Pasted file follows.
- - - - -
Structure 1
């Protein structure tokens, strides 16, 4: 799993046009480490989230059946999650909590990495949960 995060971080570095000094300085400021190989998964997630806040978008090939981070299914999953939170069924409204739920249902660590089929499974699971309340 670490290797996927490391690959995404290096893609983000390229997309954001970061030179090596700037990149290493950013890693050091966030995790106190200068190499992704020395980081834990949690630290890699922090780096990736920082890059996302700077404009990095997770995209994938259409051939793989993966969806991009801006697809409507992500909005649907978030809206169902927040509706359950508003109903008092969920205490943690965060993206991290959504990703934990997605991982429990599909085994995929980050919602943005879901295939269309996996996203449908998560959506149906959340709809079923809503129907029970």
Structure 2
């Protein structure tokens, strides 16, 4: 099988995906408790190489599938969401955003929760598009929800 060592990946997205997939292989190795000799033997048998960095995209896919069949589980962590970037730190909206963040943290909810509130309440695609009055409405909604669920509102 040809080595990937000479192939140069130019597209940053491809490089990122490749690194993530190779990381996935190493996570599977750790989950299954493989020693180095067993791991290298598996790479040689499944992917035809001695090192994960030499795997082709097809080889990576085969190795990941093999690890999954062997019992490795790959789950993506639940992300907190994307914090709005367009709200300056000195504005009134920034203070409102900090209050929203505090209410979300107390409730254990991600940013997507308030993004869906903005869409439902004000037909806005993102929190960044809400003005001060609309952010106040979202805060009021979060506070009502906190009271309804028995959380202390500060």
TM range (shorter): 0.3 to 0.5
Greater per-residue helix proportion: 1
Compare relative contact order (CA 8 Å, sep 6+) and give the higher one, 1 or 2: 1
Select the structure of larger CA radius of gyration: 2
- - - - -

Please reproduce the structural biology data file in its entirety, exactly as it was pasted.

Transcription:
Structure 1
């Protein structure tokens, strides 16, 4: 799993046009480490989230059946999650909590990495949960 995060971080570095000094300085400021190989998964997630806040978008090939981070299914999953939170069924409204739920249902660590089929499974699971309340 670490290797996927490391690959995404290096893609983000390229997309954001970061030179090596700037990149290493950013890693050091966030995790106190200068190499992704020395980081834990949690630290890699922090780096990736920082890059996302700077404009990095997770995209994938259409051939793989993966969806991009801006697809409507992500909005649907978030809206169902927040509706359950508003109903008092969920205490943690965060993206991290959504990703934990997605991982429990599909085994995929980050919602943005879901295939269309996996996203449908998560959506149906959340709809079923809503129907029970």
Structure 2
């Protein structure tokens, strides 16, 4: 099988995906408790190489599938969401955003929760598009929800 060592990946997205997939292989190795000799033997048998960095995209896919069949589980962590970037730190909206963040943290909810509130309440695609009055409405909604669920509102 040809080595990937000479192939140069130019597209940053491809490089990122490749690194993530190779990381996935190493996570599977750790989950299954493989020693180095067993791991290298598996790479040689499944992917035809001695090192994960030499795997082709097809080889990576085969190795990941093999690890999954062997019992490795790959789950993506639940992300907190994307914090709005367009709200300056000195504005009134920034203070409102900090209050929203505090209410979300107390409730254990991600940013997507308030993004869906903005869409439902004000037909806005993102929190960044809400003005001060609309952010106040979202805060009021979060506070009502906190009271309804028995959380202390500060």
TM range (shorter): 0.3 to 0.5
Greater per-residue helix proportion: 1
Compare relative contact order (CA 8 Å, sep 6+) and give the higher one, 1 or 2: 1
Select the structure of larger CA radius of gyration: 2